Monday, January 31, 2011

Jan 31, 2011 - IANA IPv4 delegation exhausted - up next the RIR's

For those keeping track of IANA's IPv4 /8 delegations to the Regional Internet Registries (RIR) the final blocks 2 /8's have been assigned, 39/8 and 106/8 went to APNIC. You can see the IANA IPv4 Address Space Registry for details of how things are delegated out not that it will help much but it is interesting to see some of the Legacy allocations.

So the next 5 /8's will be allocated automatically here shortly - guess IANA wanted to do that slower then all at once with the other 2 /8's going out to APNIC. So that is it - IPv4 address space is officially exhausted.

From a practical perspective not a lot will change until the RIR's start running out of address block. The rates will  vary for each RIR and Stephen Lagerholm has a great blog on the run rates and what the timing likely will be until they have no IPv4 addresses to hand out anymore.

So what will everyone do once that happens? Luckily the Answer to the Ultimate Question of Life, the Universe and Everything is 42... or is it 2^128?
- Ed

Pacific IT Professional San Francisco Meeting - Feb 1st

I will be hosting the PacITPros meeting in SF tomorrow at the Microsoft offices. On deck will be Citrix and AppSense going over how you can build some killer VDI solutions for iPad and lots of other platforms.

In addition, Microsoft will be presenting on their System Center product lines and some of the related products. Hopefully we can then get them back in to do a technical deep dive on a specific System Center product that the group finds most interesting.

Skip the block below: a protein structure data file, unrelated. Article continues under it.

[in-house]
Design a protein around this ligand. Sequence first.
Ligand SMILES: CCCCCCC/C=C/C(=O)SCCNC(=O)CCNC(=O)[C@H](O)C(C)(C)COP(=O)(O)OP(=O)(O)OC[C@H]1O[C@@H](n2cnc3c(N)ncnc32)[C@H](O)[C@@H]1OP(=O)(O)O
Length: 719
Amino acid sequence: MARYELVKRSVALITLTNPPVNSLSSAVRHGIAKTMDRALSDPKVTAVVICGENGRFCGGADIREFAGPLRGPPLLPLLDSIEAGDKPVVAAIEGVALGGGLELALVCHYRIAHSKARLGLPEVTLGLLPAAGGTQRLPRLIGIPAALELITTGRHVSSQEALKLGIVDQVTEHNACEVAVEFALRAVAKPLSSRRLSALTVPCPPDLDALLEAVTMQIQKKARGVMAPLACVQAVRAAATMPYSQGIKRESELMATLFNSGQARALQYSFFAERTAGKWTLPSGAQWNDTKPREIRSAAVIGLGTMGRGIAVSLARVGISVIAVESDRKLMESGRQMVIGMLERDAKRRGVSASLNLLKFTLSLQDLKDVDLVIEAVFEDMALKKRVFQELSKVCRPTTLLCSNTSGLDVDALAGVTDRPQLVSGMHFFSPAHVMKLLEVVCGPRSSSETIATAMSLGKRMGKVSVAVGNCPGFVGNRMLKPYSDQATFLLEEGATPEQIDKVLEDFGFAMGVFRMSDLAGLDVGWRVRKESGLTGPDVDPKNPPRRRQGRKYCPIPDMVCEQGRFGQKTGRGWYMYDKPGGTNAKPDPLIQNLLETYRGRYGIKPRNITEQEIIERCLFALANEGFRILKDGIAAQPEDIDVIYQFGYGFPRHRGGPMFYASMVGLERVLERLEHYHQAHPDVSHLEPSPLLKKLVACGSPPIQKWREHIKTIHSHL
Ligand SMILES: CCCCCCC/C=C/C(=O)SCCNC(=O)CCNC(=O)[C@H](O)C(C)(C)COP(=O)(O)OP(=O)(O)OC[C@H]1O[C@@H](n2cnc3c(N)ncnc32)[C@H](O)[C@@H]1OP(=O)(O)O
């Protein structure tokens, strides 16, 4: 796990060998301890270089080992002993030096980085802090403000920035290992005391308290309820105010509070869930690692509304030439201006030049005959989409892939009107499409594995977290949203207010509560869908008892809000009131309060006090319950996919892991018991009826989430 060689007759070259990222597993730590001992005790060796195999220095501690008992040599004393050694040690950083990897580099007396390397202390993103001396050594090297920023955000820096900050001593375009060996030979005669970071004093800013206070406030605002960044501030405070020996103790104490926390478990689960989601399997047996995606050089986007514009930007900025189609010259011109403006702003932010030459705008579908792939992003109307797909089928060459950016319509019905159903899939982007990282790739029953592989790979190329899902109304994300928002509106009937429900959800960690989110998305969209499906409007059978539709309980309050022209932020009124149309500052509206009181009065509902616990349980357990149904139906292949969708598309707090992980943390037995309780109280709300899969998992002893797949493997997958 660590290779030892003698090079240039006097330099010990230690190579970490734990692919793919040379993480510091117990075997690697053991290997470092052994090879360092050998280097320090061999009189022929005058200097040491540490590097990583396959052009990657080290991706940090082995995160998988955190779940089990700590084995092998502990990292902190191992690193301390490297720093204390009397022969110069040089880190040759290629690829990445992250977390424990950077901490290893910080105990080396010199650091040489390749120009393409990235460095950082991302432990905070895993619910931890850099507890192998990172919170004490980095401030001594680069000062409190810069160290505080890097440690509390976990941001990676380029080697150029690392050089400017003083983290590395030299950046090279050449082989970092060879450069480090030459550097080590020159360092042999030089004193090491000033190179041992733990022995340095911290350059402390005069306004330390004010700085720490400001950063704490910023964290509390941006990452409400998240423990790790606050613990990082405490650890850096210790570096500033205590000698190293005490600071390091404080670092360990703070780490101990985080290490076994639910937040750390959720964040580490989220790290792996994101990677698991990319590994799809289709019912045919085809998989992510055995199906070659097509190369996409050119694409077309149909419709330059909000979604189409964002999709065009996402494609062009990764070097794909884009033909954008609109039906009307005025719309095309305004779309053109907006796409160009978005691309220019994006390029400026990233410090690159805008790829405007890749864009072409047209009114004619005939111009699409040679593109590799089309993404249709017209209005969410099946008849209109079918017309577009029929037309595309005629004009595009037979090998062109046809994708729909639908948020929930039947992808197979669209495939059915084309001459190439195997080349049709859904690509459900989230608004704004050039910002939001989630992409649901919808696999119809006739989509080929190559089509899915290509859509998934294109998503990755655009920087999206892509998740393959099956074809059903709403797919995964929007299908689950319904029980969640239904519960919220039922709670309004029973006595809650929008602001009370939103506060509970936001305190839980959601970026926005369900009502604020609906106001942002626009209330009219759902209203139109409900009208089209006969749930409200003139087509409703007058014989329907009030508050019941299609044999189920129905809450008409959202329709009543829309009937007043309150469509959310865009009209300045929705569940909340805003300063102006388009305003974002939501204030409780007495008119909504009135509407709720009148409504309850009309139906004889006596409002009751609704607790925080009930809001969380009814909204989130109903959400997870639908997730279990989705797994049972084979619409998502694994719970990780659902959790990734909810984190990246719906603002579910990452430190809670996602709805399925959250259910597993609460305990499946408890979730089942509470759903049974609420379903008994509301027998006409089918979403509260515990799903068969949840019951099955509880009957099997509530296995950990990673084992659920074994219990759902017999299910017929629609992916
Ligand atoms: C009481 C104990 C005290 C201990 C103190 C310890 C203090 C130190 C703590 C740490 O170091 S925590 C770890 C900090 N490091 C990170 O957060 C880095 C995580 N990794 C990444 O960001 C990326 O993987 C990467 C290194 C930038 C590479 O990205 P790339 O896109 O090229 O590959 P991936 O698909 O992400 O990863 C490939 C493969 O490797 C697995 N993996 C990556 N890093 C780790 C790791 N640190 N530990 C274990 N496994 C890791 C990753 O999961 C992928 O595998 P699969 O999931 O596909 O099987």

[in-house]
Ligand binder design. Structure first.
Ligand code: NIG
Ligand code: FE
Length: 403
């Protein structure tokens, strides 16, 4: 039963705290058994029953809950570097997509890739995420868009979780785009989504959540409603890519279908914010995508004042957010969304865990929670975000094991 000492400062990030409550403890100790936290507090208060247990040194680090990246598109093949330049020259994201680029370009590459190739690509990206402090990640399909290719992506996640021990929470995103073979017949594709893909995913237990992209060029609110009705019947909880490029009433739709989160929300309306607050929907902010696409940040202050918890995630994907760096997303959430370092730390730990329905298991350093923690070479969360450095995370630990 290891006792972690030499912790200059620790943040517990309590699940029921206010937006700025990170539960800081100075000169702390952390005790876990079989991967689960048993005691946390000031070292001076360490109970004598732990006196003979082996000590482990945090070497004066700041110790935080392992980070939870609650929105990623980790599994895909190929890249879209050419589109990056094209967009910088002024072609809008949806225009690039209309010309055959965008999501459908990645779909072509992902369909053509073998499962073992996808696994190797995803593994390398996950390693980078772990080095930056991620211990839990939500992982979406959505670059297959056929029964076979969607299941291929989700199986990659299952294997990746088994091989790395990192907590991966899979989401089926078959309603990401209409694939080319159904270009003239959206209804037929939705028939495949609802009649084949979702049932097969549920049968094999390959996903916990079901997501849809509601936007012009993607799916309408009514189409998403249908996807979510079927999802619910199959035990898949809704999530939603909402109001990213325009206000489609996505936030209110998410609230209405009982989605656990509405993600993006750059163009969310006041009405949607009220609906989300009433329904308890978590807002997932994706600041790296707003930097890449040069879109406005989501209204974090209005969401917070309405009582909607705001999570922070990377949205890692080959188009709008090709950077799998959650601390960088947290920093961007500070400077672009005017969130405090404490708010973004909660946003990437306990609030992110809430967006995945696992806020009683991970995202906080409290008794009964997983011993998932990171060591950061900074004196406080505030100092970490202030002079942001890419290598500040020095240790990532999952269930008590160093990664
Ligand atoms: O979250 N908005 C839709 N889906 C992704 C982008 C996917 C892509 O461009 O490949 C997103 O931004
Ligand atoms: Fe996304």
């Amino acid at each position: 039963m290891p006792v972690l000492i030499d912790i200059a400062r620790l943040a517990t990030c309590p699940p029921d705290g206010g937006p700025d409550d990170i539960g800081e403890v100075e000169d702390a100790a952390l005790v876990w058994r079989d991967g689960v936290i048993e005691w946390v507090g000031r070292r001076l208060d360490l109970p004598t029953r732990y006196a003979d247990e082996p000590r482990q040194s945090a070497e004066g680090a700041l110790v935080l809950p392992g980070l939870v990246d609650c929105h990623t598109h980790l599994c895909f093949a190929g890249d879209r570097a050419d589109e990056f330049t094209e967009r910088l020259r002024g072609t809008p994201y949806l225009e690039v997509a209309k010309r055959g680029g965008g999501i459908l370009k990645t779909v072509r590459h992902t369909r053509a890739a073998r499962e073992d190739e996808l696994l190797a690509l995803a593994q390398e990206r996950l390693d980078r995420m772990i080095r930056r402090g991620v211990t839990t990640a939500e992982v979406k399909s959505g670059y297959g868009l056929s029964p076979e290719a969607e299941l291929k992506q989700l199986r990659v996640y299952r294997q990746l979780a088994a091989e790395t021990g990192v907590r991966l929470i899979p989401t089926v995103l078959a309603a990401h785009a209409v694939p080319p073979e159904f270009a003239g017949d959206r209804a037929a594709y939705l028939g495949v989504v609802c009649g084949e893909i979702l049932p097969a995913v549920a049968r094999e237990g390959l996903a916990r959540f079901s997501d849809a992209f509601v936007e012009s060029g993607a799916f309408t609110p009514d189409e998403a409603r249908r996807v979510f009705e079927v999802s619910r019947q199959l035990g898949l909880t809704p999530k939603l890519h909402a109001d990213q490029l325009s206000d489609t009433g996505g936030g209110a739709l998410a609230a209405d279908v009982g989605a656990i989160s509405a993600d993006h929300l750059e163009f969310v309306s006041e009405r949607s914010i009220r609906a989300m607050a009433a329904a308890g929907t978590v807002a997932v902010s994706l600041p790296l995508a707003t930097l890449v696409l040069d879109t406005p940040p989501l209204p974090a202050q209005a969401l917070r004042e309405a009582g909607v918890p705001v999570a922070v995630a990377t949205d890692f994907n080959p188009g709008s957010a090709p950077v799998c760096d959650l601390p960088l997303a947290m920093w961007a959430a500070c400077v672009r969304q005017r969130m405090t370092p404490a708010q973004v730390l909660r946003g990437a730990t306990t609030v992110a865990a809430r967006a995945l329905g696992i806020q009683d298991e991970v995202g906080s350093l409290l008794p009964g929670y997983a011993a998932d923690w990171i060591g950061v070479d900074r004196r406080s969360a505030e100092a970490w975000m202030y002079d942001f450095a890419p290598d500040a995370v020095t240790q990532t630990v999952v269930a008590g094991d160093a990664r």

Hope to see you there, as always the User Group meetings are free to attend. Please RSVP at the website so we know how much food to get.
- Ed

Monday, January 24, 2011

New CAv6TF website is finally up

I'm happy to say the new website for the California IPv6 Task Force is up and live. There are a couple of nice things about the site for those that are testing IPv6 connectivity. First, it displays the IP address you are connecting with - either IPv4 or IPv6, depending on which you used to connect to the site. Second, depending on if you connect with IPv6 or IPv4 you see a different image of the kame or turtle which is a tribute to The KAME Project which was started in 1998 and concluded in 2006. This was one of the early project supporting IPv6 and had one of the few early IPv6 websites I could actively test with back when I was doing beta testing of Windows Vista's IPv6 protocol support for the COSD team at Microsoft.

So next on the plate is the get the North American IPv6 Task Force website updated in the same fashion to make that available for general availability.

Friday, January 21, 2011 - finally IPv6 enabled

I have been busy working on getting the California IPv6 Task Force website updated with the help of Jared Curtis and the new site has been launched, it is running on WordPress and should allow us some nice flexibility in pushing content out.

That got me thinking about my own blog. I've been talking and posting about IPv6 so much I forgot to do a simple thing - get my own blog up and running on IPv6. Well, as of Jan 20th, 2011 it is now IPv6 enabled.

As a sidebar, if you are using blogger to host your blog (as I am) and you want to enable your site for IPv6 then you should read this post. It goes over how to modify your DNS to enable IPv6 AAAA records for people to reach your blog site.

So there, it is official - the site is IPv6 ready!
- Ed

Monday, January 17, 2011